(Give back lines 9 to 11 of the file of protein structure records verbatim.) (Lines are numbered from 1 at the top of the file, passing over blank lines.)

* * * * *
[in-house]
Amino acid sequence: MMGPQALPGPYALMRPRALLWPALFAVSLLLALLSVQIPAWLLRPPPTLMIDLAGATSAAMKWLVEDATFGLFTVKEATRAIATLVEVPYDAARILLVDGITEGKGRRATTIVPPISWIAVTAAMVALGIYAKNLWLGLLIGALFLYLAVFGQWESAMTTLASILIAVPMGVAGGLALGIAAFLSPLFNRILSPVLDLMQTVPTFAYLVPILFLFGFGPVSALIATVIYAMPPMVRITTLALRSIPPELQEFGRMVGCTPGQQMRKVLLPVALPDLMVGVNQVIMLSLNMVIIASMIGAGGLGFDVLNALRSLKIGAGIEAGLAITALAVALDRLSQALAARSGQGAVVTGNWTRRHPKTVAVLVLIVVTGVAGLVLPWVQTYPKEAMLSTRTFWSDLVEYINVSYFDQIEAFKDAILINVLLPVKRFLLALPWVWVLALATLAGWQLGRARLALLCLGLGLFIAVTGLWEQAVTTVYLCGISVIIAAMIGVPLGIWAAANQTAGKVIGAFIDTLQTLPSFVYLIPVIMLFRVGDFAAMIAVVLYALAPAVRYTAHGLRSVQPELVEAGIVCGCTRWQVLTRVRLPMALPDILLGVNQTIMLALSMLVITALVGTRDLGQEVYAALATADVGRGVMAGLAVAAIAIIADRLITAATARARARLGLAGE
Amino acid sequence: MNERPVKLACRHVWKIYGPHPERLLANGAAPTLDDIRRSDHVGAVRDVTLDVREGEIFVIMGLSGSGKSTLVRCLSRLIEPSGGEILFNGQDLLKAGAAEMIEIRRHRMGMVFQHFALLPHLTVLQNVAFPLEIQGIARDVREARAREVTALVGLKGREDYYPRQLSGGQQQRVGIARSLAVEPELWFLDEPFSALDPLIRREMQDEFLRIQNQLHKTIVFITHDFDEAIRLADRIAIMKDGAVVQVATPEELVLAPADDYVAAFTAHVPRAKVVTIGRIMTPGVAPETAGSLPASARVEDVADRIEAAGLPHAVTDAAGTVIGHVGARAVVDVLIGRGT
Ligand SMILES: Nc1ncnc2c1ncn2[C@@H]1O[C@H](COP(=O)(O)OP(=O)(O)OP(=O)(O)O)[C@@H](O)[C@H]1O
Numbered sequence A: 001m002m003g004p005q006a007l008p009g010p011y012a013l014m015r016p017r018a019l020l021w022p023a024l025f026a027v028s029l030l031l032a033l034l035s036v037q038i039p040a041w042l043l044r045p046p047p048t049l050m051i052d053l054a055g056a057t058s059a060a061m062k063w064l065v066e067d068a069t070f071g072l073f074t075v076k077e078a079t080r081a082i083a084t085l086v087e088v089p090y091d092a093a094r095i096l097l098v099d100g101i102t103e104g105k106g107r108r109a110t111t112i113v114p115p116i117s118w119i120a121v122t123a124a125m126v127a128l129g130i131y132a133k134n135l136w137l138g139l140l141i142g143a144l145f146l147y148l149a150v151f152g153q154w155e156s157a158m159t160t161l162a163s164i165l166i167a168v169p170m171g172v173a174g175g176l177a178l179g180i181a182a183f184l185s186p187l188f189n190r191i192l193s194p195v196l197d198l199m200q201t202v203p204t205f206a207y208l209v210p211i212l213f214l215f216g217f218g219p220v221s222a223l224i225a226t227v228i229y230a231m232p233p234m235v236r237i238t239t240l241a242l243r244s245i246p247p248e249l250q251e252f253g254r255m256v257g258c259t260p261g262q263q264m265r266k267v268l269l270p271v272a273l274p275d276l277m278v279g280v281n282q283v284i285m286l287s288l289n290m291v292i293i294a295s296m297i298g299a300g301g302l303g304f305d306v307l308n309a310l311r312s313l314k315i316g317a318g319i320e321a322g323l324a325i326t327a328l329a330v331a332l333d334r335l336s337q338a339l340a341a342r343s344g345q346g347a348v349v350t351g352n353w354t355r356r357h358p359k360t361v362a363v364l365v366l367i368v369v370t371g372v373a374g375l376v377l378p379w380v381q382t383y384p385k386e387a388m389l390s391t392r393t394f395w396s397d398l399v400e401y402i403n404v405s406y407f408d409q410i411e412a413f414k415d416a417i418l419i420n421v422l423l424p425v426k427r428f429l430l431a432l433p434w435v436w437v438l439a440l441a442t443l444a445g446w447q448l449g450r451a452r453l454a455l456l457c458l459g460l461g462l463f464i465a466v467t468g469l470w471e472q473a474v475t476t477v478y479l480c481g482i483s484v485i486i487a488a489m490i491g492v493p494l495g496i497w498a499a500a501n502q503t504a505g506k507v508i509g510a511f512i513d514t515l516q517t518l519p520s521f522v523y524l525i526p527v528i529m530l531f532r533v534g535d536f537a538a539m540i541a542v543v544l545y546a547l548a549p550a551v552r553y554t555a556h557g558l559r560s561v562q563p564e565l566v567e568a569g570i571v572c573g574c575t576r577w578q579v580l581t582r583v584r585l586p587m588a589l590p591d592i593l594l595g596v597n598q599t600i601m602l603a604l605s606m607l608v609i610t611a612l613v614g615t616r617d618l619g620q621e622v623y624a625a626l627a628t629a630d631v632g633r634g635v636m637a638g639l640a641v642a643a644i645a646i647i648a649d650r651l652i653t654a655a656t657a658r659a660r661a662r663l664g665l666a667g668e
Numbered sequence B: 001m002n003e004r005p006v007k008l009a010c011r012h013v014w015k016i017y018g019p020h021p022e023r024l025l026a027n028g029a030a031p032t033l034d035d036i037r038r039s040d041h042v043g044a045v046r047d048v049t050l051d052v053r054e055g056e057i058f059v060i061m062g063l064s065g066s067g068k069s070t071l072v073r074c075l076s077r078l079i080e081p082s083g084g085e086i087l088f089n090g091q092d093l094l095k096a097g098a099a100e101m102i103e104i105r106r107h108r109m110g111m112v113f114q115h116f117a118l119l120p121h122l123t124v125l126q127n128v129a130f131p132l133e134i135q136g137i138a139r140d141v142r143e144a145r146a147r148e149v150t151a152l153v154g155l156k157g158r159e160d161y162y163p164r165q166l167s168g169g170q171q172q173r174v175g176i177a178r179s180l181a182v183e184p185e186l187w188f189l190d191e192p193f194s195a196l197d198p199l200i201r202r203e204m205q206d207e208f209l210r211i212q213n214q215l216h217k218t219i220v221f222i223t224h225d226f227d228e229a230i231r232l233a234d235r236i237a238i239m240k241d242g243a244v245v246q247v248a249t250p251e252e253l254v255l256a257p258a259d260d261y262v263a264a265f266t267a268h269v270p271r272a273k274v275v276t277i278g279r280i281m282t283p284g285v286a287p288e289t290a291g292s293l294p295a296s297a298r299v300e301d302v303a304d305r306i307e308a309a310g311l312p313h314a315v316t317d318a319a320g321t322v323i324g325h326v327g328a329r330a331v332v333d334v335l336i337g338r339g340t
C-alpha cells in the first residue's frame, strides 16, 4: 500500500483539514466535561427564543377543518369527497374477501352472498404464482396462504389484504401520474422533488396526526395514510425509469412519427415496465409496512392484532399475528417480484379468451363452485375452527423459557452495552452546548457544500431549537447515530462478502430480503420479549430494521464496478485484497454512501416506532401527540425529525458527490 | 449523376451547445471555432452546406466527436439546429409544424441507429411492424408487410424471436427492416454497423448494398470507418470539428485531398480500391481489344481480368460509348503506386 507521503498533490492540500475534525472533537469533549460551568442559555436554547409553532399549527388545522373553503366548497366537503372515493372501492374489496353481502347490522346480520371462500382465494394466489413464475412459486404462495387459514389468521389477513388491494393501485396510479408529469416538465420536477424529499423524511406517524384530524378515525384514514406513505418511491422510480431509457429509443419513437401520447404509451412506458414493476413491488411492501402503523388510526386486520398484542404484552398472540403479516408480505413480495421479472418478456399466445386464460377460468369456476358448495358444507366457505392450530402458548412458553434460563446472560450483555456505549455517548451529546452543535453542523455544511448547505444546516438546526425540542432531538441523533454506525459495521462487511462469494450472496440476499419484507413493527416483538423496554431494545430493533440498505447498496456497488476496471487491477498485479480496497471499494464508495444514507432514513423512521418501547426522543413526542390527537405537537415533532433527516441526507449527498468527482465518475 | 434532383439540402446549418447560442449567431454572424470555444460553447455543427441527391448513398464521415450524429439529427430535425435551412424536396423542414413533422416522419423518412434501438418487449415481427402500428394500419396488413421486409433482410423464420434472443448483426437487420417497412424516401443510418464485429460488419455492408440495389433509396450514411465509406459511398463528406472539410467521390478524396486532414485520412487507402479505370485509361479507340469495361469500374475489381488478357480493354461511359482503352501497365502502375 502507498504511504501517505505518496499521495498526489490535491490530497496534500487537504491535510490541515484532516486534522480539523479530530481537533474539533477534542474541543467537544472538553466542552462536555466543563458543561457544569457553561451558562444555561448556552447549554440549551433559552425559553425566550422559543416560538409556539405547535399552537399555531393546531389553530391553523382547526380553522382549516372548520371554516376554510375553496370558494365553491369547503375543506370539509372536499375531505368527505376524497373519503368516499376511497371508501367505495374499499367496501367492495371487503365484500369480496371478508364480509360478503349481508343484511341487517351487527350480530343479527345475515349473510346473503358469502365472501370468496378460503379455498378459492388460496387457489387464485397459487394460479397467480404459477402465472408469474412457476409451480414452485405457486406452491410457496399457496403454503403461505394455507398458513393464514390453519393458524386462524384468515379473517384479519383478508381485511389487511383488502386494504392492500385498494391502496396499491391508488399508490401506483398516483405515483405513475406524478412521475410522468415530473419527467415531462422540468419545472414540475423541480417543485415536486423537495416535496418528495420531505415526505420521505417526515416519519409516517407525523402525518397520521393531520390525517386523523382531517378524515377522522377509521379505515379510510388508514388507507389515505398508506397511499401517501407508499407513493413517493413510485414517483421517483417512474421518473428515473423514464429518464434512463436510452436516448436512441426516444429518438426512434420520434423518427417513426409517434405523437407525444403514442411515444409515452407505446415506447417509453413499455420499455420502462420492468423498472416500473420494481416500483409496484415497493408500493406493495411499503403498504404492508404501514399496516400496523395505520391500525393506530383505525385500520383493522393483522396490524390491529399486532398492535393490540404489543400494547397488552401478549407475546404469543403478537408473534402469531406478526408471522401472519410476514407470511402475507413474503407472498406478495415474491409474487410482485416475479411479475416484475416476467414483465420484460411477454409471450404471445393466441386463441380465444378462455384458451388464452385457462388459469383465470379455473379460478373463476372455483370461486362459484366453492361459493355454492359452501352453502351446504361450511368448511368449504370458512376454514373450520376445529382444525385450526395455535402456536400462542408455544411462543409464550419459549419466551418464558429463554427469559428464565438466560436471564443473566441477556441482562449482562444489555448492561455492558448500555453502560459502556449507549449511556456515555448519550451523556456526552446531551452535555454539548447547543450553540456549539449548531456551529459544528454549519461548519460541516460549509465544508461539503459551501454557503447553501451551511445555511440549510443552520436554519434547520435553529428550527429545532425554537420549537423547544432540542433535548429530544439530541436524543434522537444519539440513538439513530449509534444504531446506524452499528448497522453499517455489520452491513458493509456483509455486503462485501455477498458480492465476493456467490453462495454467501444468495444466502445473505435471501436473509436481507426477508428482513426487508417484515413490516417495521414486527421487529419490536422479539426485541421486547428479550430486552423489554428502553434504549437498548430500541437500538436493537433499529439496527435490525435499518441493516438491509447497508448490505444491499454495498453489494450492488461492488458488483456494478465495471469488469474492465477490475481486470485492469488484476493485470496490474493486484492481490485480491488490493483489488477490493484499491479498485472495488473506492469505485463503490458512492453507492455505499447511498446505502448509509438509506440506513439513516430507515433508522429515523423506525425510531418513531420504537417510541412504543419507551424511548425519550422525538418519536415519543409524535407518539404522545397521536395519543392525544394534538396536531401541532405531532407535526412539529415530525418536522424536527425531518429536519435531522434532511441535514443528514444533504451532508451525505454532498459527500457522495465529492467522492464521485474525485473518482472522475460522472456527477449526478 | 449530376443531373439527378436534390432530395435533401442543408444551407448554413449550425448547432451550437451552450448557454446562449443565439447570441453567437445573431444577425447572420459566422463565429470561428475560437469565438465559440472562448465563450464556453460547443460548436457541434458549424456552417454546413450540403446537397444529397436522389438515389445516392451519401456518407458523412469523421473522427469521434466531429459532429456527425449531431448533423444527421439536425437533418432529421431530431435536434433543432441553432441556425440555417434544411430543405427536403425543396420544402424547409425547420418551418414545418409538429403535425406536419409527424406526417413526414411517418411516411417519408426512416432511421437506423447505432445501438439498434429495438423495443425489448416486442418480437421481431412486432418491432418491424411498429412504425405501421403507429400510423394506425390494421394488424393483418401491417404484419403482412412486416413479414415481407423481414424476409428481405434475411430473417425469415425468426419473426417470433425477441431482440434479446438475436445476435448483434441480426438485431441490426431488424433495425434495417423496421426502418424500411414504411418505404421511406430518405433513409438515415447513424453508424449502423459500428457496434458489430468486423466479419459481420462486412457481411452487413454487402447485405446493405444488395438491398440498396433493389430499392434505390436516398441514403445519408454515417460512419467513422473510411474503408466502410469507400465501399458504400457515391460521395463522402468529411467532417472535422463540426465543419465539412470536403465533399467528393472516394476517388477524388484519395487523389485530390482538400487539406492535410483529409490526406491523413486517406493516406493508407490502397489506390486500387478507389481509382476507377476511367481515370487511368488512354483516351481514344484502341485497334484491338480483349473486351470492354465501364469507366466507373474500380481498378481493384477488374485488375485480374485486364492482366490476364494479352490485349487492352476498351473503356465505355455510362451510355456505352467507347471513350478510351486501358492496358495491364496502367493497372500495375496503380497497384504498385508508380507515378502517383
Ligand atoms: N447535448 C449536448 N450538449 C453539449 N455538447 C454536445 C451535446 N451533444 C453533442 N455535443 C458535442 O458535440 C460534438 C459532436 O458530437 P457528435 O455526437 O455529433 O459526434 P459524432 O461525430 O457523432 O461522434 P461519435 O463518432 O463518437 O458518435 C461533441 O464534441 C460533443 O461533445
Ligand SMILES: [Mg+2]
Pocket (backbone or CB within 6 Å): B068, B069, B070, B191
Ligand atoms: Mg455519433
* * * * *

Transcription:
Ligand SMILES: [Mg+2]
Pocket (backbone or CB within 6 Å): B068, B069, B070, B191
Ligand atoms: Mg455519433